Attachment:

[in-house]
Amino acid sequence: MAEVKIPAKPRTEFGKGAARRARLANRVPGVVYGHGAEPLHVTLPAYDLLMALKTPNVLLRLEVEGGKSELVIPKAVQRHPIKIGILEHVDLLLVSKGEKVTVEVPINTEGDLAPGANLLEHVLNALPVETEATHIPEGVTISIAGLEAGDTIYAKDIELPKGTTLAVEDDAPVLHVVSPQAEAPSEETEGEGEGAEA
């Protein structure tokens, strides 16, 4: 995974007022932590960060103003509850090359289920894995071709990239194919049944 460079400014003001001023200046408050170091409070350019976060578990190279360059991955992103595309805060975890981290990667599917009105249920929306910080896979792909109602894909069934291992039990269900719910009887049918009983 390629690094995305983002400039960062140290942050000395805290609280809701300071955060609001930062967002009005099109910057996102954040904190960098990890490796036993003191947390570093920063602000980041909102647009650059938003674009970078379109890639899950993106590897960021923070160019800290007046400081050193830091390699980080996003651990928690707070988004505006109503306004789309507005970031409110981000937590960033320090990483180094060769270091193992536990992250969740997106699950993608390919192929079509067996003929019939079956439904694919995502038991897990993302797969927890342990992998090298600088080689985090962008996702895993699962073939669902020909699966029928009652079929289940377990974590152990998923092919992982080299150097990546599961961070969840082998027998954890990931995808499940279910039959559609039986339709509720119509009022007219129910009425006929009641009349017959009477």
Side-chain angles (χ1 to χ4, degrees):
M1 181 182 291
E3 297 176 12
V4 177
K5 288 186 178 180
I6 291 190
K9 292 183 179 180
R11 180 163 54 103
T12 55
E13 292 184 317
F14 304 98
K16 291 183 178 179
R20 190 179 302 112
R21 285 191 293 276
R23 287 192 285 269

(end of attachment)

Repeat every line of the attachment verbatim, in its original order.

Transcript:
[in-house]
Amino acid sequence: MAEVKIPAKPRTEFGKGAARRARLANRVPGVVYGHGAEPLHVTLPAYDLLMALKTPNVLLRLEVEGGKSELVIPKAVQRHPIKIGILEHVDLLLVSKGEKVTVEVPINTEGDLAPGANLLEHVLNALPVETEATHIPEGVTISIAGLEAGDTIYAKDIELPKGTTLAVEDDAPVLHVVSPQAEAPSEETEGEGEGAEA
């Protein structure tokens, strides 16, 4: 995974007022932590960060103003509850090359289920894995071709990239194919049944 460079400014003001001023200046408050170091409070350019976060578990190279360059991955992103595309805060975890981290990667599917009105249920929306910080896979792909109602894909069934291992039990269900719910009887049918009983 390629690094995305983002400039960062140290942050000395805290609280809701300071955060609001930062967002009005099109910057996102954040904190960098990890490796036993003191947390570093920063602000980041909102647009650059938003674009970078379109890639899950993106590897960021923070160019800290007046400081050193830091390699980080996003651990928690707070988004505006109503306004789309507005970031409110981000937590960033320090990483180094060769270091193992536990992250969740997106699950993608390919192929079509067996003929019939079956439904694919995502038991897990993302797969927890342990992998090298600088080689985090962008996702895993699962073939669902020909699966029928009652079929289940377990974590152990998923092919992982080299150097990546599961961070969840082998027998954890990931995808499940279910039959559609039986339709509720119509009022007219129910009425006929009641009349017959009477």
Side-chain angles (χ1 to χ4, degrees):
M1 181 182 291
E3 297 176 12
V4 177
K5 288 186 178 180
I6 291 190
K9 292 183 179 180
R11 180 163 54 103
T12 55
E13 292 184 317
F14 304 98
K16 291 183 178 179
R20 190 179 302 112
R21 285 191 293 276
R23 287 192 285 269